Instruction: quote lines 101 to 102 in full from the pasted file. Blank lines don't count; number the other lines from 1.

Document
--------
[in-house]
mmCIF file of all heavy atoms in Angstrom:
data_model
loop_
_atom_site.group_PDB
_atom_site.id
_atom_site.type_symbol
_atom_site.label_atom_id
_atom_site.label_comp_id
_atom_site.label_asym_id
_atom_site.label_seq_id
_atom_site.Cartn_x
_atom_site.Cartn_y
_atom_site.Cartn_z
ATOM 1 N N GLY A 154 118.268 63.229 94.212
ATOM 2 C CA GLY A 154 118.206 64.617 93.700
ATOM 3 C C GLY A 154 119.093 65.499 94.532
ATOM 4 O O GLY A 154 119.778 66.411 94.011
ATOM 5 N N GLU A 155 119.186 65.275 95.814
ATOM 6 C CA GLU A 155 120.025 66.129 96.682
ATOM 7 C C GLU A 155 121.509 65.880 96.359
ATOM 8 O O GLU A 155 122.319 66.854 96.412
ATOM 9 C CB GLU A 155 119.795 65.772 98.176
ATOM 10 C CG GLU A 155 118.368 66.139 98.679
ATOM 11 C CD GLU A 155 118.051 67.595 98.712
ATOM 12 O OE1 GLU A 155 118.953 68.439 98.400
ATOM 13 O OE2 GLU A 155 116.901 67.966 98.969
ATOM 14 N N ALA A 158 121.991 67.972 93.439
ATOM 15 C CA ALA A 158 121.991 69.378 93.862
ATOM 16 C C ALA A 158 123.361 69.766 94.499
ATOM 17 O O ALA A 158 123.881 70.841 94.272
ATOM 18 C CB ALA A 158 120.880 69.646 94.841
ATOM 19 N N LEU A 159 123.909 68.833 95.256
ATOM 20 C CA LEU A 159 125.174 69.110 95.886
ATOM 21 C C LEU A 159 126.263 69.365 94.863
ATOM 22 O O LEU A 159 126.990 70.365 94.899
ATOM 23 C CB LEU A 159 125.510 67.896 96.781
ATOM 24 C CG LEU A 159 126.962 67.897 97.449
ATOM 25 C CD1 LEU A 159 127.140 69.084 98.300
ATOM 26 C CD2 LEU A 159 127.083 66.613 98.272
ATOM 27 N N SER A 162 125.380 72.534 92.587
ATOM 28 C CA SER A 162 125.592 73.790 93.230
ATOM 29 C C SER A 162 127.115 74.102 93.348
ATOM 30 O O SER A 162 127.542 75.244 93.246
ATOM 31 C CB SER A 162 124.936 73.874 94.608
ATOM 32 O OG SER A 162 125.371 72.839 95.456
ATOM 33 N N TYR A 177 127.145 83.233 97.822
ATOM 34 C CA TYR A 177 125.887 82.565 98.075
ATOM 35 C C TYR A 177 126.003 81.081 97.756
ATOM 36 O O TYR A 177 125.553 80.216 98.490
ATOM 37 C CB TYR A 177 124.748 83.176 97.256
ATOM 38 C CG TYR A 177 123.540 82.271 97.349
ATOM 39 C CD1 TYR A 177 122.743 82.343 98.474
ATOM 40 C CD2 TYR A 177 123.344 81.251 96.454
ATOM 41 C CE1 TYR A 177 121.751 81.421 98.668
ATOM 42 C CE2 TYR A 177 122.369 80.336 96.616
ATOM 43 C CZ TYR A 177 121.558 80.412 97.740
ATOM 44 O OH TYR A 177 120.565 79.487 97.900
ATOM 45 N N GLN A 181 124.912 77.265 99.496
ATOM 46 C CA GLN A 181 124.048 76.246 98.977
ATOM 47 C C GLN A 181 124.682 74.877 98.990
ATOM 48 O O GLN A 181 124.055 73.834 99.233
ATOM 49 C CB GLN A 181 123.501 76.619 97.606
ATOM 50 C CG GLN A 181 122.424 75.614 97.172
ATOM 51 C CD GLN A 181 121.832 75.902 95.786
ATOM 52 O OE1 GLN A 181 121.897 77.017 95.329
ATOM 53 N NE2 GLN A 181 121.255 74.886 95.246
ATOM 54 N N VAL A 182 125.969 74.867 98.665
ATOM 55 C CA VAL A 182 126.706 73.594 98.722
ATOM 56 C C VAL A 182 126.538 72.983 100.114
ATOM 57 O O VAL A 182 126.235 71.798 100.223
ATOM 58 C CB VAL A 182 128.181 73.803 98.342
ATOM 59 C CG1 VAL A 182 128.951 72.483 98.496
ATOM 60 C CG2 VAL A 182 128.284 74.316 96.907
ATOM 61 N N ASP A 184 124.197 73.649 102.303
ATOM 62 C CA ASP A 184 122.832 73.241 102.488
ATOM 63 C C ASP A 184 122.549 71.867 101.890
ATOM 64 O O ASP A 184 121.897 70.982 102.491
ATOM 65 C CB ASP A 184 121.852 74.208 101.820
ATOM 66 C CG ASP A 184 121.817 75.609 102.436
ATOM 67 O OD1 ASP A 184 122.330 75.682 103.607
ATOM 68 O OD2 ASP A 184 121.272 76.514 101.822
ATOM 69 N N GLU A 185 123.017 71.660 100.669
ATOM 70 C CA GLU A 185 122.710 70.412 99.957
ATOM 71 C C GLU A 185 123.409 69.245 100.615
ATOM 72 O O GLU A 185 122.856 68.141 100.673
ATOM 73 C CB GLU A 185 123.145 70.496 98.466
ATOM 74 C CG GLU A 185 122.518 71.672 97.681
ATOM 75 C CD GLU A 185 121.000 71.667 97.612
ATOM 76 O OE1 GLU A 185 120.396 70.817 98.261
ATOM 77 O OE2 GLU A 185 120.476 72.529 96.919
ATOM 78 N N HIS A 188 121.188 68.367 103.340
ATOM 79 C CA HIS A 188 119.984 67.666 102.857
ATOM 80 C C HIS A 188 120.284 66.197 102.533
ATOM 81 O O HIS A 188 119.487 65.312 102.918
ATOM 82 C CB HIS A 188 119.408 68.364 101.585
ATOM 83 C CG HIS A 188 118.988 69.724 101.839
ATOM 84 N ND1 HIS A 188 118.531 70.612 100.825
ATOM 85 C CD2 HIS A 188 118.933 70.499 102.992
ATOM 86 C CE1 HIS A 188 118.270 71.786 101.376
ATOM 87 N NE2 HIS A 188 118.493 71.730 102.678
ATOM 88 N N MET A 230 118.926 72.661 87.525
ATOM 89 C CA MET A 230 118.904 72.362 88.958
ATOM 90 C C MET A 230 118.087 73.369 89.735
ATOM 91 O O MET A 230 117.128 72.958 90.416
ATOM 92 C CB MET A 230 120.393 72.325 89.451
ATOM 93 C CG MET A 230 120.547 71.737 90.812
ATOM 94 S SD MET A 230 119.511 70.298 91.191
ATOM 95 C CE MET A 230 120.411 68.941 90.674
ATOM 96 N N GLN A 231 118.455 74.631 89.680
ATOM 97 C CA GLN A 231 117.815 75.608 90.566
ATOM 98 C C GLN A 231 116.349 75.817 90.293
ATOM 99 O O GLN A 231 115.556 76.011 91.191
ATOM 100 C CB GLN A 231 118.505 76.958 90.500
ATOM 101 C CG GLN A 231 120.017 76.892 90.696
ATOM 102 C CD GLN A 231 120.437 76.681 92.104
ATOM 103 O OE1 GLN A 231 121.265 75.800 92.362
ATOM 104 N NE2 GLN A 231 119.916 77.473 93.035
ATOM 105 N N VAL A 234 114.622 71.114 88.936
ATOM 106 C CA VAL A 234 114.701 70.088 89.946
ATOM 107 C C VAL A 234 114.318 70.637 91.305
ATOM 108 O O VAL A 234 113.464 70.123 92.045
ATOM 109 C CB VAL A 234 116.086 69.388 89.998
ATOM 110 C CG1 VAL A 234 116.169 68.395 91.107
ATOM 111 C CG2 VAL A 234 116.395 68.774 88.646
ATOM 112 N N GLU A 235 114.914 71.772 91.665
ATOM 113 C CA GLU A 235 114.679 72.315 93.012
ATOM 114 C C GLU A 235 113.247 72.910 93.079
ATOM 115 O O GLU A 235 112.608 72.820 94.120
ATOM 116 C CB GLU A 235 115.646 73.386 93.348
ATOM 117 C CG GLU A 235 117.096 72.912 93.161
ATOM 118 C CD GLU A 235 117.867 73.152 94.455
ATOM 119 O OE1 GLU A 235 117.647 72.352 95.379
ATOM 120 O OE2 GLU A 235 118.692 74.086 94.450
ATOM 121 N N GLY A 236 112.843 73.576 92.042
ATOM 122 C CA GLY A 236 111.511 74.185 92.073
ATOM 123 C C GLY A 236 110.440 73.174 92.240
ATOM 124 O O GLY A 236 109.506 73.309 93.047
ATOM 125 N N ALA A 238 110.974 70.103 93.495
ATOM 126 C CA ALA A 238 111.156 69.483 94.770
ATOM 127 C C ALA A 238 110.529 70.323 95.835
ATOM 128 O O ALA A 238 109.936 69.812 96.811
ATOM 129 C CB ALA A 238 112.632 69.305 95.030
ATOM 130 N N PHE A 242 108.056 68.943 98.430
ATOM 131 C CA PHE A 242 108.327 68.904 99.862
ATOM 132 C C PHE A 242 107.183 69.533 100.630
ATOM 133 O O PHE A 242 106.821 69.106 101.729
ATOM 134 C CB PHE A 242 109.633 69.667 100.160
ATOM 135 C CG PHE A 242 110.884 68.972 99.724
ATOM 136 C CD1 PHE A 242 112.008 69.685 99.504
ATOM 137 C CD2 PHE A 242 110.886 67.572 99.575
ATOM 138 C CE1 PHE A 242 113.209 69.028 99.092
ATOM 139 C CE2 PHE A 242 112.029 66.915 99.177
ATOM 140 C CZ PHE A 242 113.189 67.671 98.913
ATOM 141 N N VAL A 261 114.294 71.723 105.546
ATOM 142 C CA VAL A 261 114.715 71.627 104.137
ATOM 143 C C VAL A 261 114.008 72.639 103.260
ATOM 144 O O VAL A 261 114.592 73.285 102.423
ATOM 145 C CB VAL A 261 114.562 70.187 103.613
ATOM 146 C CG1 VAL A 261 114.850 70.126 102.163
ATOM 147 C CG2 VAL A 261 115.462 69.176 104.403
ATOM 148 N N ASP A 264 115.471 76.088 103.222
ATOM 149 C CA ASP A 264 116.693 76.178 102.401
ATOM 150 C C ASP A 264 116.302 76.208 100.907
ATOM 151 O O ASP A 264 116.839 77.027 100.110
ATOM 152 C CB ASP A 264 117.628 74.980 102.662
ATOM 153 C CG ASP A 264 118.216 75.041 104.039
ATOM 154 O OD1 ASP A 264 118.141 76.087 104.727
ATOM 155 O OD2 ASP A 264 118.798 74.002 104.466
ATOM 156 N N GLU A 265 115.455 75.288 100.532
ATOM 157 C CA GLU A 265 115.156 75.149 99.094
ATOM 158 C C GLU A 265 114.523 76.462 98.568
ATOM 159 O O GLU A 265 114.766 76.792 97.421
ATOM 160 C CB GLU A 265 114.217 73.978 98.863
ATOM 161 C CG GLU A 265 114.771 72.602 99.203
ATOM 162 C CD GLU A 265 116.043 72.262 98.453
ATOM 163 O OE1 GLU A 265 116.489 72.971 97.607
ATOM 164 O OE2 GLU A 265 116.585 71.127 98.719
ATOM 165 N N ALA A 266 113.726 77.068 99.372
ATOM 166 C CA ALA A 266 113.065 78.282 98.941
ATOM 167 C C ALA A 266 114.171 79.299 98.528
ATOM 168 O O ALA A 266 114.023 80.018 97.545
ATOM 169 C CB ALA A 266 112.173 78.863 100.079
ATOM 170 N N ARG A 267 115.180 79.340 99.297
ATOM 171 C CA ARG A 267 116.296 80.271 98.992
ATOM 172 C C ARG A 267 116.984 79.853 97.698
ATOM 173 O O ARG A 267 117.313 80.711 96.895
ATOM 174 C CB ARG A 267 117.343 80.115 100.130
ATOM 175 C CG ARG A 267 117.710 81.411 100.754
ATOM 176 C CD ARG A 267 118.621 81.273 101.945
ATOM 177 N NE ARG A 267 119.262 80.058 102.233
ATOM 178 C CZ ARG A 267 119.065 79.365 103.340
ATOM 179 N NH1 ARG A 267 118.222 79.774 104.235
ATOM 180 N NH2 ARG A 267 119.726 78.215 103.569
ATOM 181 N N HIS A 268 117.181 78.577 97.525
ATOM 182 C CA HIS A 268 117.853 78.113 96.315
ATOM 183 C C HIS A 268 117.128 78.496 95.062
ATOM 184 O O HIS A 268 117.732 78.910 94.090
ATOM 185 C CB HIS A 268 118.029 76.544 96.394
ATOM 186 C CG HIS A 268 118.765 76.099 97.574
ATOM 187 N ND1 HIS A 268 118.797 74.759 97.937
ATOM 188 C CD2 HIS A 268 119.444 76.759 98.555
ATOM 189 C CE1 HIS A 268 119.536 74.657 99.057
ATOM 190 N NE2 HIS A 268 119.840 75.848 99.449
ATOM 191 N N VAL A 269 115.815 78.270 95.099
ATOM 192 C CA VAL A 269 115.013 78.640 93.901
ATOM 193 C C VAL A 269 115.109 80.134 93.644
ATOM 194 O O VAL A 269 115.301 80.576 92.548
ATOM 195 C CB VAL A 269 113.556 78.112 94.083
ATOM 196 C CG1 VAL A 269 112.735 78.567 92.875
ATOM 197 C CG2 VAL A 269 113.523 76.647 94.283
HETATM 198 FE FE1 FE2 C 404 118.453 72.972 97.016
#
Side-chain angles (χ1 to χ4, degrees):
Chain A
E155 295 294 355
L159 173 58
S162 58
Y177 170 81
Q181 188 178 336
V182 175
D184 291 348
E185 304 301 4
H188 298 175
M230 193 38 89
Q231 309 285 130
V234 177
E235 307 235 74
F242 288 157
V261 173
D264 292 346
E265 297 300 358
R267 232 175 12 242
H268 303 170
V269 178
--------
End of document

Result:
ATOM 87 N NE2 HIS A 188 118.493 71.730 102.678
ATOM 88 N N MET A 230 118.926 72.661 87.525